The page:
Waving the White Flag

I wrote my resignation letter today.

Thankfully, I have ten days on another continent…far, far away…to gain perspective.  I will see what is left of the fiasco we call an electronic health record when I get back and then decide what I do with the letter.

On some level, I worry that this means I am a pansy. I mean, I have been through a ton of crap in my lifetime. I am going to let something like a worthless electronic health record and “Meaningful Use” mandates (saying those words makes me seethe because there is nothing meaningful about them) get to me?

Yes.  Yes I am.

I have worked for the same large physician group for the past 10 years.  Each year I am promised that things will get better. But they don’t.

For the past two days electronic medication prescriptions have not worked. Lab results have been “lost”. Random error messages are popping up. The system crashed on my computer four times just this morning. Other messages are propagating into the orders section without rhyme or reason and I cannot get the IT people to hear me when I am trying to explain to them that it make no sense.

AND now I have almost thirty extra clicks per patient per visit and a 10 page patient visit summary to print that used to be only two or three pages. Like anyone is going to read that.  Thank you Uncle Sam.

This was supposed to be an update.

We are one of the largest physician groups in the country and it is downright embarrassing that THIS is what we have to show for it. Each and every time this is what we get. Medicine in America. Right here.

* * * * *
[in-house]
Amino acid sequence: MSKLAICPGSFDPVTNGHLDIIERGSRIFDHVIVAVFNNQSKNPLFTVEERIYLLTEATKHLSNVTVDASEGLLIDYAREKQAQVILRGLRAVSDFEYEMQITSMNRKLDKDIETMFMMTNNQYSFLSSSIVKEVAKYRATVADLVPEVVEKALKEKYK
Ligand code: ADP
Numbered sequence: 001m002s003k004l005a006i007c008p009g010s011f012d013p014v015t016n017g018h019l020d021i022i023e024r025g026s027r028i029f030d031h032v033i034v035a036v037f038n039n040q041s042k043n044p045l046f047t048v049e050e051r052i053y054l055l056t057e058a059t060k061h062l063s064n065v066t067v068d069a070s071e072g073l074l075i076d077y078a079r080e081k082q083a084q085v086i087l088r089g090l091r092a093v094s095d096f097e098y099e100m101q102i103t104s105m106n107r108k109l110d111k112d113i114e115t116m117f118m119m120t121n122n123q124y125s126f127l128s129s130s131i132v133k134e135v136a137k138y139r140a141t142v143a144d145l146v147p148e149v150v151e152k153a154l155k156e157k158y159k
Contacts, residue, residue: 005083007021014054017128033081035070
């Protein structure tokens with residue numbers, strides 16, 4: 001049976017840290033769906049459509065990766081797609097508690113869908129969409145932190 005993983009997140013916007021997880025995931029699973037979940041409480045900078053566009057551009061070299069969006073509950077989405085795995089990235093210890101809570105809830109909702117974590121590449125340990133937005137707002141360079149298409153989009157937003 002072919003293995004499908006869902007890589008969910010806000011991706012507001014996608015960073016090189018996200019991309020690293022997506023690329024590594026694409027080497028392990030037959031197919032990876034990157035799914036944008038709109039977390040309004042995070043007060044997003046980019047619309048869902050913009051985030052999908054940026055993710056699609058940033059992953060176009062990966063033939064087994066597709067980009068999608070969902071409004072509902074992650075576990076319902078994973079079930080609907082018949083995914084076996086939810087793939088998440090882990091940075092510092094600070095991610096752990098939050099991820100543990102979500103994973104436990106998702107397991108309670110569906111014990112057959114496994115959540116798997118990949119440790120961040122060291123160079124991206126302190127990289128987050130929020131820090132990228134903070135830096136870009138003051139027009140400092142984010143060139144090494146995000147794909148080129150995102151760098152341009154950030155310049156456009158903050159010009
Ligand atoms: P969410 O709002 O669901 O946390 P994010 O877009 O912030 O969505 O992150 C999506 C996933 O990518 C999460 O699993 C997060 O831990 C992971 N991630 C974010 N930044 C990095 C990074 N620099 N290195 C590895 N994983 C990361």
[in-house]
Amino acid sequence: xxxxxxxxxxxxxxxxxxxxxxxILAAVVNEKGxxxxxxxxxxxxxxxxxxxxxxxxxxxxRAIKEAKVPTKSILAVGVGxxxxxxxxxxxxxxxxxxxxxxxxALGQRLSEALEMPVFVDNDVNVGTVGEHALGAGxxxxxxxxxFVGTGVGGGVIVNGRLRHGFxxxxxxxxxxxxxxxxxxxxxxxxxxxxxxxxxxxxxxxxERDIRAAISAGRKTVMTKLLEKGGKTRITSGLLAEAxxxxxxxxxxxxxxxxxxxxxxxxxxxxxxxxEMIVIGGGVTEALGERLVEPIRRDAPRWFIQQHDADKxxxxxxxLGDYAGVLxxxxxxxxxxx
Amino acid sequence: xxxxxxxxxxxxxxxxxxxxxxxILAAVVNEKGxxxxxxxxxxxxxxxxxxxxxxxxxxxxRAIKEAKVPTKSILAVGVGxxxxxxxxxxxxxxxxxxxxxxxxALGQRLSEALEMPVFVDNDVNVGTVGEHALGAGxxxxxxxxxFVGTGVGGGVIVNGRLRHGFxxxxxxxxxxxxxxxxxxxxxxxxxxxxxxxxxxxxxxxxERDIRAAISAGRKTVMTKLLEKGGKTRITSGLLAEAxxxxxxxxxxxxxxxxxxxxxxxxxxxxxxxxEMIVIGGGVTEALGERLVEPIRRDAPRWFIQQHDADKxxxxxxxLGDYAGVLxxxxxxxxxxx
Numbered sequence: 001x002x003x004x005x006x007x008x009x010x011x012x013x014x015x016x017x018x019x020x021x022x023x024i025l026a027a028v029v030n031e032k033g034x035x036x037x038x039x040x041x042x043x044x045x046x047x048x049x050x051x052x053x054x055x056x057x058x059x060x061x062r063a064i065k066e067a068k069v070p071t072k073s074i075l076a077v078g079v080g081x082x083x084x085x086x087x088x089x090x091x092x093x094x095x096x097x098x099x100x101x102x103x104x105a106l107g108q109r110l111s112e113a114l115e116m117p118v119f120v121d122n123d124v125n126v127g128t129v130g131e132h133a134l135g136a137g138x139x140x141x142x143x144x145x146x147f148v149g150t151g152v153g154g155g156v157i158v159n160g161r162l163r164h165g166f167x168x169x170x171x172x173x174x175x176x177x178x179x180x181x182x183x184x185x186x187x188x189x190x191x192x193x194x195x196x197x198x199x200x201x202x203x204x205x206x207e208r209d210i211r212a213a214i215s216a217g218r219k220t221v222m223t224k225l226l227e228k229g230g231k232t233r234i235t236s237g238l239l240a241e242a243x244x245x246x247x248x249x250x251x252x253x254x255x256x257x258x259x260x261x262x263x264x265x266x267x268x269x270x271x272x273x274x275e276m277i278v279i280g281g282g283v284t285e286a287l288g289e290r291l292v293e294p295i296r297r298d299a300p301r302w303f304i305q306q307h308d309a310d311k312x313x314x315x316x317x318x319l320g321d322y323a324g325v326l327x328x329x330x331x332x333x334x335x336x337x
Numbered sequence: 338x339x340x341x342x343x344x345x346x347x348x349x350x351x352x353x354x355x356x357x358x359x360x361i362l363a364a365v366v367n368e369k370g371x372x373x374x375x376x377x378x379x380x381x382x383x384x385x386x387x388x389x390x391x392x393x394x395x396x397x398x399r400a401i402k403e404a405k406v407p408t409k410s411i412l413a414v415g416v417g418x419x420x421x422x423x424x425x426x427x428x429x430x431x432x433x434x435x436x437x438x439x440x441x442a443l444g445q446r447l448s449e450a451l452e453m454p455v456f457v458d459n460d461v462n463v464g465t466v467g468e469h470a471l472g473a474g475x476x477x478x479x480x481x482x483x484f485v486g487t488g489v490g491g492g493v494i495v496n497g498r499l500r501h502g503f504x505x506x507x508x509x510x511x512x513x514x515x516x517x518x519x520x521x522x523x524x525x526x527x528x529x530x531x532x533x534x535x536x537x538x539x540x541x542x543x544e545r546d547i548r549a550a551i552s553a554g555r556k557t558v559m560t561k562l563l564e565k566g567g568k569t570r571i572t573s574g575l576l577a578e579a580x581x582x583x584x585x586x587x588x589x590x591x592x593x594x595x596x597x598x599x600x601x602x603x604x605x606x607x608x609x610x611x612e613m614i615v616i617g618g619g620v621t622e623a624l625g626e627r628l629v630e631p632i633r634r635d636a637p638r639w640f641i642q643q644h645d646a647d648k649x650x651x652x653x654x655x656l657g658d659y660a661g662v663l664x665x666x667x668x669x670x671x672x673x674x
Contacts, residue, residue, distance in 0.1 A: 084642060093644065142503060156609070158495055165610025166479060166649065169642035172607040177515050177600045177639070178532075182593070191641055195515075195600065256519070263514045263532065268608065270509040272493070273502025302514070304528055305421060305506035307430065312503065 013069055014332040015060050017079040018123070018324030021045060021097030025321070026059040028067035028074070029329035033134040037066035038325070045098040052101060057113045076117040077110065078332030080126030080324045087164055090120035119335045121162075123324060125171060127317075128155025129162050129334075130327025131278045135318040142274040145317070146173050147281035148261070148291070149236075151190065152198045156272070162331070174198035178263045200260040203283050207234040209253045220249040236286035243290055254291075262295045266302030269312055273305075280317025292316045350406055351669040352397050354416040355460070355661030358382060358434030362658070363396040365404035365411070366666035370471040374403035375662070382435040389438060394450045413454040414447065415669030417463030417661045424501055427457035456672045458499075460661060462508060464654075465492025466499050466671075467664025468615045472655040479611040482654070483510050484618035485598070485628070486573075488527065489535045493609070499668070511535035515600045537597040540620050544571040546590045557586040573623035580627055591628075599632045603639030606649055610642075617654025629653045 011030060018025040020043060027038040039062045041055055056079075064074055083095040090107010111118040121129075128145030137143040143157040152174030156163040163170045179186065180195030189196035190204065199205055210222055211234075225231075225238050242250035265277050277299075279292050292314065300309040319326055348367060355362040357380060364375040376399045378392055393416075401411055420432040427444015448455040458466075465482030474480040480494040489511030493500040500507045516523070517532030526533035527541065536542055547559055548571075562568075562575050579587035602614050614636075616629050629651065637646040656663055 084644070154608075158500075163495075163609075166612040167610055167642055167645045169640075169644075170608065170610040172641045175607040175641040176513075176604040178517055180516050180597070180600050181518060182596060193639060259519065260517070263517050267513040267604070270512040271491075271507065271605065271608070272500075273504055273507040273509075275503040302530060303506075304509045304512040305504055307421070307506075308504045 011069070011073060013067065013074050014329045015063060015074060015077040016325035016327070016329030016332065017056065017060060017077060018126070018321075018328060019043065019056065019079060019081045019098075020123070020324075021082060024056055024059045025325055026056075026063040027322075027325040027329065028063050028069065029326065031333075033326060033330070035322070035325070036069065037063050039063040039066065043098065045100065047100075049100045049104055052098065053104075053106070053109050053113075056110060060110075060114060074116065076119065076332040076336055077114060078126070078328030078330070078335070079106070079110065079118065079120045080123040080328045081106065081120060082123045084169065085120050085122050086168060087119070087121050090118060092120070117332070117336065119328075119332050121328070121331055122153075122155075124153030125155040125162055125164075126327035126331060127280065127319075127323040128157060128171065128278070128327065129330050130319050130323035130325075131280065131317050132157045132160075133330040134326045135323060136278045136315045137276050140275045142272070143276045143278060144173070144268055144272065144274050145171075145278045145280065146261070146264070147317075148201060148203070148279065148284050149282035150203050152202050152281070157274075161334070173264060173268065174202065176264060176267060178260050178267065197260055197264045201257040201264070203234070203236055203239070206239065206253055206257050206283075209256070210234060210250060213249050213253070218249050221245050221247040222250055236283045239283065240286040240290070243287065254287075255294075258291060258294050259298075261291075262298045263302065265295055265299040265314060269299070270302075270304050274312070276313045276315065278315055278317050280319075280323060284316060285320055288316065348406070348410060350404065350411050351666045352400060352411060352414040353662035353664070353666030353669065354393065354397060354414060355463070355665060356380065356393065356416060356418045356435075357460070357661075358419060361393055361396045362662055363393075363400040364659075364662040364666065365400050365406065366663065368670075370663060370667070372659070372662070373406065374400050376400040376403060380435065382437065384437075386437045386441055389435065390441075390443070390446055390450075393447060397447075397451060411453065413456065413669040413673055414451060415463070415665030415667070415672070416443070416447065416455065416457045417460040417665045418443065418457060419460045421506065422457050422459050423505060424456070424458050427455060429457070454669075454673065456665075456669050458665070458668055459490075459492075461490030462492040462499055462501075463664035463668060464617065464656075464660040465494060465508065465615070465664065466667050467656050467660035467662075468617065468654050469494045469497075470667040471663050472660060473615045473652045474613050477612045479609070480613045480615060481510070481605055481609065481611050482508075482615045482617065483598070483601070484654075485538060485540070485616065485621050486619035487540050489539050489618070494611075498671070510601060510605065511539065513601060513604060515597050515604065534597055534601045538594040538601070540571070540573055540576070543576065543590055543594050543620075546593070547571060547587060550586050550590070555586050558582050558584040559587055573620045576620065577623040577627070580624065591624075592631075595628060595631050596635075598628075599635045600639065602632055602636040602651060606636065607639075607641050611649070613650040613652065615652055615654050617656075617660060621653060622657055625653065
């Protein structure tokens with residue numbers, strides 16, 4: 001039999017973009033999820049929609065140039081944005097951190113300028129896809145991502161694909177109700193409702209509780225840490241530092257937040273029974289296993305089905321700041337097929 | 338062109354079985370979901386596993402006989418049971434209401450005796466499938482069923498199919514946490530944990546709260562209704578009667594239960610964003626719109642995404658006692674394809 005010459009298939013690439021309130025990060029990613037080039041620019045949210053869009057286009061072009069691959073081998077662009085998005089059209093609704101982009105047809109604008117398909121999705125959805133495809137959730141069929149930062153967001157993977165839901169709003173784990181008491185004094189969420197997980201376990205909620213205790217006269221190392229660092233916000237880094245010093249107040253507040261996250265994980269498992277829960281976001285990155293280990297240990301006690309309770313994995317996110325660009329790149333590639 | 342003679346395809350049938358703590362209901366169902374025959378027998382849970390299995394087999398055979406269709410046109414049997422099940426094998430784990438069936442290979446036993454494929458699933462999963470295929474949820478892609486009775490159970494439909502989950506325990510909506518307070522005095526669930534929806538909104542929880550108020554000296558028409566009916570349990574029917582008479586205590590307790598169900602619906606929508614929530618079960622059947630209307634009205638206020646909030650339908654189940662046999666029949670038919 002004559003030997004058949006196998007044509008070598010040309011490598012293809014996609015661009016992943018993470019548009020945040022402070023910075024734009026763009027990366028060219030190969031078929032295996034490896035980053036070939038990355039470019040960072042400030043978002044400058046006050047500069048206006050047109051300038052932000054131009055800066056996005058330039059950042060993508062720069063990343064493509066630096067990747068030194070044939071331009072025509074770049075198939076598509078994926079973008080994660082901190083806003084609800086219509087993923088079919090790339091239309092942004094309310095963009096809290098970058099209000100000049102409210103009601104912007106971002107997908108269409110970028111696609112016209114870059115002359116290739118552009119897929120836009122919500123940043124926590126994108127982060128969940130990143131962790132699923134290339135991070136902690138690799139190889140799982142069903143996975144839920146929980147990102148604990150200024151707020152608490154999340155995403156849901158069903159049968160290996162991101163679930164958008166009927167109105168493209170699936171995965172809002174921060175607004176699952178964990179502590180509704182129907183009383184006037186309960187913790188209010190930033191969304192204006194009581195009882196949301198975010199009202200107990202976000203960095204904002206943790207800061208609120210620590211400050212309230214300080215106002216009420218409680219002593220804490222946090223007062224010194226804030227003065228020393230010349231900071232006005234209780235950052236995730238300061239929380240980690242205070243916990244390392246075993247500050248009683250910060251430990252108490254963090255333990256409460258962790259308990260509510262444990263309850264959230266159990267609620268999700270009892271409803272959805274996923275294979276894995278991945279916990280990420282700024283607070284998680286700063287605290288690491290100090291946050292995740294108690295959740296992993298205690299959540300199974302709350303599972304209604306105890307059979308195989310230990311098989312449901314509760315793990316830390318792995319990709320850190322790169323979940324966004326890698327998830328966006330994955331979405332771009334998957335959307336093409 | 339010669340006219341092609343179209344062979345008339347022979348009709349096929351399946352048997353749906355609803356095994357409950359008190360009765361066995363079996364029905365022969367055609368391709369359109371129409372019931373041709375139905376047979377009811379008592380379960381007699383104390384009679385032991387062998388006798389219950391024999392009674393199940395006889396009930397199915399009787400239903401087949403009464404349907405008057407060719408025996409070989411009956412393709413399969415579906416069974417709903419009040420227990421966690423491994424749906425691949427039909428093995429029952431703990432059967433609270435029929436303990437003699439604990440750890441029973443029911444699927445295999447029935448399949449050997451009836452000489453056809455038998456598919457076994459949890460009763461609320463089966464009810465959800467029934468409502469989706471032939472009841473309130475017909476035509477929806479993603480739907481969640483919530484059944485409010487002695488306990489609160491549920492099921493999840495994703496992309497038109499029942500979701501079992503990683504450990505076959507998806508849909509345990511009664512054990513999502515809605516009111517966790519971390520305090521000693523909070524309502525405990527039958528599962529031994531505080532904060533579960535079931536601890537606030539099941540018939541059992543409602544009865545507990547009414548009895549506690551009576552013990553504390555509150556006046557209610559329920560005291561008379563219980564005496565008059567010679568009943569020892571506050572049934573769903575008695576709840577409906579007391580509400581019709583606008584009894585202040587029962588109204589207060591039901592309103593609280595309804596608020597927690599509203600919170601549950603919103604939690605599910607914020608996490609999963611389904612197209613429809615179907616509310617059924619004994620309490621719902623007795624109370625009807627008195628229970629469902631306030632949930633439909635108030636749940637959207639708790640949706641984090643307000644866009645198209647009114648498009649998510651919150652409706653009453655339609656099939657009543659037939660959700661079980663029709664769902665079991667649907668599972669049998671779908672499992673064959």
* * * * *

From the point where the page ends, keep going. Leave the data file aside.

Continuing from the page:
The best mediocrity tons of money can buy.


2 thoughts on “Waving the White Flag

  1. Oh dear. As a patient with many different doctors, I find EMRs very helpful. In fact, I go to specialists in the same practice in large part because my medical history is so complicated that I hate hate hate recounting it all the time. As a medical researcher, we use EMRs to study drug effects.

    But your side of the issue does give me pause …


    • EHRs are not the problem. There are tons of great ones out there. Centricity is not one of those, however. Success depends largely on a good IT department, a vendor who will work with you to customize if needed, physician leadership that actually practices medicine in the trenches, and politicians who don’t try to muck around in specifics that they don’t understand. None of that is present here.


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